Researchers at the University of East Anglia have helped develop a text messaging service to help pregnant women quit smoking and improve the health of their baby.
MiQuit provides free text message support for users, sending information and advice directly to their phone. The support is tailored to each user and their lifestyle, ensuring everyone who signs up get the support they need to quit.
The service has been developed by experts at UEA and the University of Cambridge, and has now been commissioned by Norfolk County Council’s Public Health team.
Users can sign up for the MiQuit service from their mobile phone, and they will receive a series of text messages asking questions about their smoking. Answers to these questions will be used to tailor the text message support provided, giving users the advice they need.
MiQuit designer Dr Felix Naughton, from UEA’s School of Health Sciences, said: “Around 11 per cent of UK women smoke throughout pregnancy and rates rise considerably with increasing social deprivation, exacerbating health inequalities.
“Stopping smoking during pregnancy helps both mother and baby immediately.
“When an expectant mother stops smoking, they will reduce the risk of complications in pregnancy and birth, they are more likely to have a healthier pregnancy and a healthier baby, and they reduce the risk of stillbirth.
“Their baby is also less likely to be born too early, and have to face the breathing, feeding and health problems that often go with being premature, or be born with a low birth weight which can cause problems during and after labour. For example, they are more likely to have problems keeping warm and are more likely to get infections.
“They will reduce the risk of sudden infant death syndrome (SIDS), also known as ‘cot death’.
“Stopping smoking during pregnancy will also help a baby later in life,” he added. “Children whose parents smoke are more likely to suffer from asthma and other serious illnesses that may need hospital treatment.”
“We know that most pregnant smokers want to quit. And our previous research has shown that text-message support is particularly helpful because it is low cost, convenient, anonymous and has the potential to reach a wide range of people because almost everyone has access to a mobile phone.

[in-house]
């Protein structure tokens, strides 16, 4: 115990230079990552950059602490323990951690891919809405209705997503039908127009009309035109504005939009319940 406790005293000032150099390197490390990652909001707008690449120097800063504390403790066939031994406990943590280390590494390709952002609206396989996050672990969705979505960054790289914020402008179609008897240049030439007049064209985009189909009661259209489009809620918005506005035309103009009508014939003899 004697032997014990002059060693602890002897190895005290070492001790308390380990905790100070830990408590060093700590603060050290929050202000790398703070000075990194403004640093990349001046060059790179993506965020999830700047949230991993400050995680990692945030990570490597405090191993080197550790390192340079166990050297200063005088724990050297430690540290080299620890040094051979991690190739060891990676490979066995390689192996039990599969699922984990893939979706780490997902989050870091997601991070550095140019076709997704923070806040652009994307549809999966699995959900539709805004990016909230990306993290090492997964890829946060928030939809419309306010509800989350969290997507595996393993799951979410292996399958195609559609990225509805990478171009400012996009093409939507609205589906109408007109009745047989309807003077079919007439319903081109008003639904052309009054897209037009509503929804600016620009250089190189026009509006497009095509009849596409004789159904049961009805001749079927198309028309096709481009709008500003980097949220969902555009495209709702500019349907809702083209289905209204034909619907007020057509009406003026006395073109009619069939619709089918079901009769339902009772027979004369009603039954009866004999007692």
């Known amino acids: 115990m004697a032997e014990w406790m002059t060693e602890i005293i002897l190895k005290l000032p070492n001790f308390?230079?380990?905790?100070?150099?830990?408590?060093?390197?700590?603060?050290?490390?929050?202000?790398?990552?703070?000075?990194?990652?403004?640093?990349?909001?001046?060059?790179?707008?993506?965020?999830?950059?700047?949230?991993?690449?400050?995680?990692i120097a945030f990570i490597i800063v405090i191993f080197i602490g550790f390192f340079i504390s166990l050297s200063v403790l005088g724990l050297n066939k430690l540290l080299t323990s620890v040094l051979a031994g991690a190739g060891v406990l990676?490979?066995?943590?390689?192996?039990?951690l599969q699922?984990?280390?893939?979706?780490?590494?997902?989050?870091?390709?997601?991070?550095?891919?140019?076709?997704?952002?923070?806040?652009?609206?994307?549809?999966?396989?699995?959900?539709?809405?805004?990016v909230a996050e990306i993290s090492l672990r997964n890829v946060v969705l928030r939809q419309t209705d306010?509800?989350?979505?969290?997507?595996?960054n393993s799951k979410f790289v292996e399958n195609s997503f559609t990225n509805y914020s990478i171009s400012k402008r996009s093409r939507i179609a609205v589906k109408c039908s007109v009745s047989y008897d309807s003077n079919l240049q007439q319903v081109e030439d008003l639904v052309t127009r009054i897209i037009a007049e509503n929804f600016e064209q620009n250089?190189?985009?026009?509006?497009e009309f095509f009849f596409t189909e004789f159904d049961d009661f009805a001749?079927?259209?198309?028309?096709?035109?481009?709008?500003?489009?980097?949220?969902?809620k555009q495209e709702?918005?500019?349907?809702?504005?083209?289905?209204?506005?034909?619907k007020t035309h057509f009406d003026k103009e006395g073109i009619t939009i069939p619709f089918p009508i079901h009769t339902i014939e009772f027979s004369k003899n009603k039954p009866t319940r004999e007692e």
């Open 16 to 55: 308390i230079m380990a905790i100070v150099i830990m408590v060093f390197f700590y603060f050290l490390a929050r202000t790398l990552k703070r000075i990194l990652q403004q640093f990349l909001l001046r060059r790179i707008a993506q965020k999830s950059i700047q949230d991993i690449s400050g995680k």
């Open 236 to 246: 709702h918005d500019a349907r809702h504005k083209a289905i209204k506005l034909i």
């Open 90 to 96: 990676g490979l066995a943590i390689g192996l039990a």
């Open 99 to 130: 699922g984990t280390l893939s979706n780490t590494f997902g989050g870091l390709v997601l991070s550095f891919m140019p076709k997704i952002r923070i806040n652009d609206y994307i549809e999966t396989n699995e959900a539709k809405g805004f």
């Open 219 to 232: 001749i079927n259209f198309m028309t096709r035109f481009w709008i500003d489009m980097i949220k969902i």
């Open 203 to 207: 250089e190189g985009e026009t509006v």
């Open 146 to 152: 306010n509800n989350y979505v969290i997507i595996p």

“It is fully-automated and user-initiated, so women can start using it without the need for any health professional involvement.”
Health care professionals including midwives, assistant midwives and health visitors will be provided with information about MiQuit by Norfolk’s Healthy Lifestyles team.
Chancellor Bill Borrett, Norfolk County Council’s Cabinet Member for Public Health, said: “Smoking during pregnancy can have a major impact on a baby: it’s no exaggeration to say that quitting smoking will improve your child’s health not just at birth, but throughout their life.
“This new service aims to get tailored advice straight into the phones of people who need support in quitting, and the results of this pilot being run in Norfolk may help the service be taken up across the country, helping many more people live healthier, happier lives.”
The development of the MiQuit text message service for pregnant women has been funded by Cancer Research UK and the National Institute for Health Research (NIHR). It was developed by experts at the University of Cambridge and the University of East Anglia. The service is being piloted by Norfolk County Council and the University of East Anglia, funded by Norfolk County Council.
Further information of the impact of smoking during pregnancy can be found online on Just One Norfolk.